Articles | Volume 21, issue 4
Nonlin. Processes Geophys., 21, 901–917, 2014
© Author(s) 2014. This work is distributed under
the Creative Commons Attribution 3.0 License.
the Creative Commons Attribution 3.0 License.
29 Aug 2014
Research article | 29 Aug 2014
Topology and seasonal evolution of the network of extreme precipitation over the Indian subcontinent and Sri Lanka
V. Stolbova et al.
No articles found.
Cinthya Esther Nava Fernandez, Tobias Braun, Bethany Fox, Adam Hartland, Ola Kwiecien, Chelsea Pederson, Sebastian Hoepker, Stefano Bernasconi, Madalina Jaggi, John Hellstrom, Fernando Gázquez, Amanda French, Norbert Marwan, Adrian Immenhauser, and Sebastian Franz Martin Breitenbach
Clim. Past Discuss.,
Manuscript not accepted for further reviewShort summary
We provide a ca. 1000 year long (6.4–5.4 ka BP) stalagmite-based reconstruction of mid-Holocene rainfall variability in the tropical western Pacific. The annually laminated multi-proxy (δ13C, δ18O, X/Ca, gray values) record comes from Niue island and informs on El Nino-Southern Oscillation and South Pacific Convergence Zone dynamics. Our data suggest that ENSO was active and influenced rainfall seasonality over the covered time interval. Rainfall seasonality was subdued during active ENSO phases
Nico Wunderling, Jonathan F. Donges, Jürgen Kurths, and Ricarda Winkelmann
Earth Syst. Dynam., 12, 601–619,Short summary
In the Earth system, climate tipping elements exist that can undergo qualitative changes in response to environmental perturbations. If triggered, this would result in severe consequences for the biosphere and human societies. We quantify the risk of tipping cascades using a conceptual but fully dynamic network approach. We uncover that the risk of tipping cascades under global warming scenarios is enormous and find that the continental ice sheets are most likely to initiate these failures.
Abhirup Banerjee, Bedartha Goswami, Yoshito Hirata, Deniz Eroglu, Bruno Merz, Jürgen Kurths, and Norbert Marwan
Nonlin. Processes Geophys., 28, 213–229,
Daniel Tesfay, Larissa Serdukova, Yayun Zheng, Pingyuan Wei, Jinqiao Duan, and Jürgen Kurths
Nonlin. Processes Geophys. Discuss.,
Publication in NPG not foreseenShort summary
For more than a decade, the climate has attracted stochastic dynamists with its unpredictable and complex phenomena. Our attention was attracted by the results of studies on the possibility of oceanic thermohaline circulation failure. We set the task to analyze the stability of the circulation current on-state and to predetermine what extreme events can unbalance it leading to attenuation. We also suggested possible scenarios for the resuscitation of the circulation in the event of its fading.
Cinthya Nava-Fernandez, Adam Hartland, Fernando Gázquez, Ola Kwiecien, Norbert Marwan, Bethany Fox, John Hellstrom, Andrew Pearson, Brittany Ward, Amanda French, David A. Hodell, Adrian Immenhauser, and Sebastian F. M. Breitenbach
Hydrol. Earth Syst. Sci., 24, 3361–3380,Short summary
Speleothems are powerful archives of past climate for understanding modern local hydrology and its relation to regional circulation patterns. We use a 3-year monitoring dataset to test the sensitivity of Waipuna Cave to seasonal changes and El Niño–Southern Oscillation (ENSO) dynamics. Drip water data suggest a fast response to rainfall events; its elemental composition reflects a seasonal cycle and ENSO variability. Waipuna Cave speleothems have a high potential for past ENSO reconstructions.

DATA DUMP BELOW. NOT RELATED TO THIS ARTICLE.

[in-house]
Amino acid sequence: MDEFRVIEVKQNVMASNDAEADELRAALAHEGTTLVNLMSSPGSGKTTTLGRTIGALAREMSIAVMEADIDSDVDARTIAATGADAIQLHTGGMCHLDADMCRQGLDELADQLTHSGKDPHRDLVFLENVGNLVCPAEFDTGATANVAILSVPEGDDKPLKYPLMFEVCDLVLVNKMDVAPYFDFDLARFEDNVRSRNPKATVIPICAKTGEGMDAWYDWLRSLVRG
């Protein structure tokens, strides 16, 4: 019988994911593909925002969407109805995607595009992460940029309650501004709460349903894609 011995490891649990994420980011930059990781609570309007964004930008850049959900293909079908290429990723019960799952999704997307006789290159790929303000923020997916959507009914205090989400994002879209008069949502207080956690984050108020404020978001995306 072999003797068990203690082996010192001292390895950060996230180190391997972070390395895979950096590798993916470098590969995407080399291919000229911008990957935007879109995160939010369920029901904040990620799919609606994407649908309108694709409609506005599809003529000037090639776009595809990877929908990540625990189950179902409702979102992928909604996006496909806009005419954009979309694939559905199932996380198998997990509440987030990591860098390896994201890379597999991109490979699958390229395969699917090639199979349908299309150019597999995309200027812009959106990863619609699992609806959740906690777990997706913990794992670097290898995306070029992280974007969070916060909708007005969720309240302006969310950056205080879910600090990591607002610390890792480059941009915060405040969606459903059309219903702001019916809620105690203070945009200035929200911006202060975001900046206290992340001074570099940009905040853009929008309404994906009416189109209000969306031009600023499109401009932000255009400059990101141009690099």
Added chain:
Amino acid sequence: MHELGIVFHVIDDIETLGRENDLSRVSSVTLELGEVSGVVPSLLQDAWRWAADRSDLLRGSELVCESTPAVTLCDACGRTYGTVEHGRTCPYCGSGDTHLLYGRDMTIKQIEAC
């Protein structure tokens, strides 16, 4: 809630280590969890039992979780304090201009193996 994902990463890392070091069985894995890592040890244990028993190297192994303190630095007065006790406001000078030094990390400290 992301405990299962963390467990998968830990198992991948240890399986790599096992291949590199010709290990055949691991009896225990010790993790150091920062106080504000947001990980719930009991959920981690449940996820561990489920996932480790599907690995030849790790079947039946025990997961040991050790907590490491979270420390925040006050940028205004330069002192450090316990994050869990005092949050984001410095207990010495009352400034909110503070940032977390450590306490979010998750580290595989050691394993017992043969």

Ankit Agarwal, Norbert Marwan, Rathinasamy Maheswaran, Ugur Ozturk, Jürgen Kurths, and Bruno Merz
Hydrol. Earth Syst. Sci., 24, 2235–2251,Short summary
In the climate/hydrology network, each node represents a geographical location of climatological data, and links between nodes are set up based on their interaction or similar variability. Here, using network theory, we first generate a node-ranking measure and then prioritize the rain gauges to identify influential and expandable stations across Germany. To show the applicability of the proposed approach, we also compared the results with existing traditional and contemporary network measures.
Markus Drüke, Matthias Forkel, Werner von Bloh, Boris Sakschewski, Manoel Cardoso, Mercedes Bustamante, Jürgen Kurths, and Kirsten Thonicke
Geosci. Model Dev., 12, 5029–5054,Short summary
This work shows the successful application of a systematic model–data integration setup, as well as the implementation of a new fire danger formulation, in order to optimize a process-based fire-enabled dynamic global vegetation model. We have demonstrated a major improvement in the fire representation within LPJmL4-SPITFIRE in terms of the spatial pattern and the interannual variability of burned area in South America as well as in the modelling of biomass and the distribution of plant types.
Benjamin Purinton and Bodo Bookhagen
Earth Surf. Dynam., 7, 859–877,Short summary
We develop and test new methods for counting pebble-size distributions in photos of gravel-bed rivers. Our open-source algorithms provide good estimates in complex imagery from high-energy mountain rivers. We discuss methods of river cross-section photo collection and processing into seamless georeferenced imagery. Application of a semi-automated version of the algorithm in small patches can be used as validation data for upscaling to entire survey sites using a fully automated version.
Jürgen Kurths, Ankit Agarwal, Roopam Shukla, Norbert Marwan, Maheswaran Rathinasamy, Levke Caesar, Raghavan Krishnan, and Bruno Merz
Nonlin. Processes Geophys., 26, 251–266,Short summary
We examined the spatial diversity of Indian rainfall teleconnection at different timescales, first by identifying homogeneous communities and later by computing non-linear linkages between the identified communities (spatial regions) and dominant climatic patterns, represented by climatic indices such as El Nino–Southern Oscillation, Indian Ocean Dipole, North Atlantic Oscillation, Pacific Decadal Oscillation and Atlantic Multi-Decadal Oscillation.
Katalyn A. Voss, Bodo Bookhagen, Dirk Sachse, and Oliver A. Chadwick
Hydrol. Earth Syst. Sci. Discuss.,
Preprint withdrawnShort summary